Comair last month said it would ground 14 of its 50-seat Bombardier CRJs by the end of the year in step with a plan by parent company Delta Air Lines to cut its domestic capacity by 5 percent. The move will see the Cincinnati-based regional’s CRJ200 fleet shrink from 100 to 86 and its total complement of airplanes cut from 131 to 117. All told, Delta plans to slash flight hours among its Delta Connection affiliates by as much as 15 percent by early next year, a rate that translates into a total of 35 fifty-seat jets leaving the network within the next year or so.
Lease expirations will account for eight of the 14 CRJs marked for grounding at Comair and Delta will try to sell the remaining six. Comair has already dropped direct service to Baton Rouge from Cincinnati and cut frequencies to Philadelphia, Pittsburgh and Richmond by one flight each. Although Delta hasn’t released comprehensive plans for the rest of its Delta Connection partners, SkyWest Airlines, for one, has said it expects a 1- to 2-percent cut in system ASMs to result from a loss in business at Salt Lake City.
In fact, Delta plans to cut its total capacity at its Salt Lake City hub by 3 percent this year. Delta has already ended SkyWest’s nonstop service from Salt Lake City to Birmingham, Ala.; Sioux Falls, S.D.; Fayetteville, Ark.; Memphis, Tenn.; and Des Moines, Iowa. For its part, Delta mainline has ended service from the Utah capital to Milwaukee and has cut service frequencies to another 12 destinations served by either itself or SkyWest.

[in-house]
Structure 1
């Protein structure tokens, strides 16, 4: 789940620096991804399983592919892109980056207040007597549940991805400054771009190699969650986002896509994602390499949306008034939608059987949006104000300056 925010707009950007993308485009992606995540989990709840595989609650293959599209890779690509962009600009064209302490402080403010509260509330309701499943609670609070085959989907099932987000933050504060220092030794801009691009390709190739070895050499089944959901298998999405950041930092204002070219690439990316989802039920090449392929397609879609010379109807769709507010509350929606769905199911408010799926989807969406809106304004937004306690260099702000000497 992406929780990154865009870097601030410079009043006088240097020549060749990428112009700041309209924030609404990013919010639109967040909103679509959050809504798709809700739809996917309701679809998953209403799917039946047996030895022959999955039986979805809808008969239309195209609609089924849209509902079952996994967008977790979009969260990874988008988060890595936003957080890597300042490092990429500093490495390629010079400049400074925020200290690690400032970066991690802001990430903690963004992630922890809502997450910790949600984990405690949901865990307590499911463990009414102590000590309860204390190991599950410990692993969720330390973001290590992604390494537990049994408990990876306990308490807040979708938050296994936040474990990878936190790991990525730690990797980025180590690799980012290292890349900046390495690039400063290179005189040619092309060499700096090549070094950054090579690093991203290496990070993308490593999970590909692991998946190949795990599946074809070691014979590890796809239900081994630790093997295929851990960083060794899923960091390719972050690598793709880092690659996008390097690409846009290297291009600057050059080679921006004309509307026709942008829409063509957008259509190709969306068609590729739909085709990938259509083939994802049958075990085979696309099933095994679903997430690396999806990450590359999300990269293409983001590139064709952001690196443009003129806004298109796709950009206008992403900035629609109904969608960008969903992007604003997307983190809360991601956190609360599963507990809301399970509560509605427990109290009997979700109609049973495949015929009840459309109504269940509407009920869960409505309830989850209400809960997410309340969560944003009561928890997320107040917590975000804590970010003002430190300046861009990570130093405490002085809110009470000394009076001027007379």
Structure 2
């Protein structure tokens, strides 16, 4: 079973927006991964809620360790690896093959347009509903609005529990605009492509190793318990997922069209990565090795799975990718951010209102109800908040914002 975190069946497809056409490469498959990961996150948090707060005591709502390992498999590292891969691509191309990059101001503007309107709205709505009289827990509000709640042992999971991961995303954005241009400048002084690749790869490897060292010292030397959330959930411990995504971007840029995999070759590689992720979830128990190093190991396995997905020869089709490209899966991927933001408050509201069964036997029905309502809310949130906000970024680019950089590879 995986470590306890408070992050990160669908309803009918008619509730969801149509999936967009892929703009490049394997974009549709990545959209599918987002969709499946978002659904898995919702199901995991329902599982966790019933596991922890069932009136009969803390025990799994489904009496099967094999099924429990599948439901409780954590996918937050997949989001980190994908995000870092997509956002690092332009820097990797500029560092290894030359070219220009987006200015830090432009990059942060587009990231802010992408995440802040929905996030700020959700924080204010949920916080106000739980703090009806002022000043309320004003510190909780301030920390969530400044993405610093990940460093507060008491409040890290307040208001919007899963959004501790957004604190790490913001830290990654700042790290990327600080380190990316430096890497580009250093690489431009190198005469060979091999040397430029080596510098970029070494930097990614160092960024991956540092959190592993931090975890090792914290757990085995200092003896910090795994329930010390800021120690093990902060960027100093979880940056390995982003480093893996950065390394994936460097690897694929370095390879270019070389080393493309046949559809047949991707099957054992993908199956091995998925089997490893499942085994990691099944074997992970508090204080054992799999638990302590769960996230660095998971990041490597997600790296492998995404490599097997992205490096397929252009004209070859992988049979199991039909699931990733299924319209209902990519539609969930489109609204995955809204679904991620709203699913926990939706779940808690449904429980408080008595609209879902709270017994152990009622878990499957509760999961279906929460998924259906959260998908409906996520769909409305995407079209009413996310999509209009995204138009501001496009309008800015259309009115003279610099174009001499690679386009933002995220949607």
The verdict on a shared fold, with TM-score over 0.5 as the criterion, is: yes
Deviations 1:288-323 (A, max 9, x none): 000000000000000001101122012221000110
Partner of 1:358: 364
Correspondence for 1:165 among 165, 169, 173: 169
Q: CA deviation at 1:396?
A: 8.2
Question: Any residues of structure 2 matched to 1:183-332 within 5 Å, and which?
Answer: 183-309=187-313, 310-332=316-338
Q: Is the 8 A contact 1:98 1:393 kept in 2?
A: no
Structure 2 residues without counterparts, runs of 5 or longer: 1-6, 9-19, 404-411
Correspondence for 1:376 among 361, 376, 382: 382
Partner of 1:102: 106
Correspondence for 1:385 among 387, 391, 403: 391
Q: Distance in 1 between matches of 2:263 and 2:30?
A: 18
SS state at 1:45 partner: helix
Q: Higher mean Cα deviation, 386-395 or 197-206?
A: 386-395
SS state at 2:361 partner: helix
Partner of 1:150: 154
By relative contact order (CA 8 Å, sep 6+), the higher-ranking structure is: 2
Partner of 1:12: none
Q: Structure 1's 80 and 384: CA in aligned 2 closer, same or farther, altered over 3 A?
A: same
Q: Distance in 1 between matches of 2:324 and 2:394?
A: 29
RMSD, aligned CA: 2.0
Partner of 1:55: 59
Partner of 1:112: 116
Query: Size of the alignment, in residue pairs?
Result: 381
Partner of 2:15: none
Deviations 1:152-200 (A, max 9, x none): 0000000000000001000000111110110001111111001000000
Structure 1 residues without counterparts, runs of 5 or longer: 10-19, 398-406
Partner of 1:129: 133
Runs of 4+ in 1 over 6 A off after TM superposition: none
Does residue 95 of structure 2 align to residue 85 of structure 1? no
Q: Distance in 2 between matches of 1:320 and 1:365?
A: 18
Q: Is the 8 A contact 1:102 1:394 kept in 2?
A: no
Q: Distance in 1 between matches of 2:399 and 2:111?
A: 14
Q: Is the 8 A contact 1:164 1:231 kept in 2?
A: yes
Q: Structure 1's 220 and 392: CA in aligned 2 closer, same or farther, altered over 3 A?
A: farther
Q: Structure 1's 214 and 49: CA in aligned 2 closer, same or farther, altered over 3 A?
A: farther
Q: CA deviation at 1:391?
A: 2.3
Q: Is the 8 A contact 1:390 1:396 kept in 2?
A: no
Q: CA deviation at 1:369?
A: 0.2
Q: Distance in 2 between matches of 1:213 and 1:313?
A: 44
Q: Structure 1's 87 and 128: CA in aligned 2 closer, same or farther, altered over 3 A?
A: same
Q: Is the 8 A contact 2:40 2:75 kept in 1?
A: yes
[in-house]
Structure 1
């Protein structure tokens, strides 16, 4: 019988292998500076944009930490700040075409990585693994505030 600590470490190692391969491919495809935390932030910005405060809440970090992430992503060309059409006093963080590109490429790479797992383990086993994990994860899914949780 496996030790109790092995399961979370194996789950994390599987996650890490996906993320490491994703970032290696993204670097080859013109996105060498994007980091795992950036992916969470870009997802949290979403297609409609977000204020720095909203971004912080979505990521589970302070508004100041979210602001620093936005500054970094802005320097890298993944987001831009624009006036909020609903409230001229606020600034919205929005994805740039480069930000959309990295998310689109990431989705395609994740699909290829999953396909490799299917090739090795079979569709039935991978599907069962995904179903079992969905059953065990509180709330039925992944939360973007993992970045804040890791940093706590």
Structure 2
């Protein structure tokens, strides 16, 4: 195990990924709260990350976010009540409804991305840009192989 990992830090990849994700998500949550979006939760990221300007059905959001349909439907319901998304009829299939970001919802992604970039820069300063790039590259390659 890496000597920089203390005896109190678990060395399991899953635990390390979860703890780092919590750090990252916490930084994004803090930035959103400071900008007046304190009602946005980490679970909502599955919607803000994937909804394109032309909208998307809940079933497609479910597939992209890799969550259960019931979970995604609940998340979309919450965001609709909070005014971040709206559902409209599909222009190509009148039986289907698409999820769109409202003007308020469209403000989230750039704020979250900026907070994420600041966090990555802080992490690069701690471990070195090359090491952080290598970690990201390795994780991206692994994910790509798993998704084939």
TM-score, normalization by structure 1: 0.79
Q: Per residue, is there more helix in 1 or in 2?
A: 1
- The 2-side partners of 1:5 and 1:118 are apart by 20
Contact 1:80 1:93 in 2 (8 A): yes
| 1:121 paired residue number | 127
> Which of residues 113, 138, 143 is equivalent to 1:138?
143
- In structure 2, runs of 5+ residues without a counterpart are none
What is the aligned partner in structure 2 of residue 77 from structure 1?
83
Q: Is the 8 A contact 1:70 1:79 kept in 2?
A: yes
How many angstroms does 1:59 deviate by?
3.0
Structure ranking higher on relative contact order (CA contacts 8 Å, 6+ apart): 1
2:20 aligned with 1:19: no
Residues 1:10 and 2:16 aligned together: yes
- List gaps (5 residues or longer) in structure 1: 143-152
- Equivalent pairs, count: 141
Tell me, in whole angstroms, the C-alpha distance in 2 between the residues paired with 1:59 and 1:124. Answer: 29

The cuts come as 50-seat regional jets turn even less efficient with rising fuel and maintenance costs, the U.S. economy continues to cool and Delta prepares to increase its more lucrative international service by 15 percent. They also coincide with Delta’s recent decision to defer an attempt to divest itself of Comair until it finishes a review of a possible merger with either United or Northwest Airlines.
Although Delta’s plans to contract its domestic network imply a disproportionate effect on regional jet service, already last year’s fourth quarter saw the elimination of Mesa Air Group’s de Havilland Dash 8-200 operation based at New York JFK Airport. That draw-down involved 12 airplanes, five of which Mesa returned to their lessors by the end of the year.
More disruption to Delta’s domestic network occurred just last month with the January 7 closure of Big Sky Airlines’ Eastern network. As a result, five cities in upstate New York and three others in Tennessee, Kentucky and Missouri will have no scheduled air service until new Essential Air Service providers establish operations, a process that will likely take at least three months.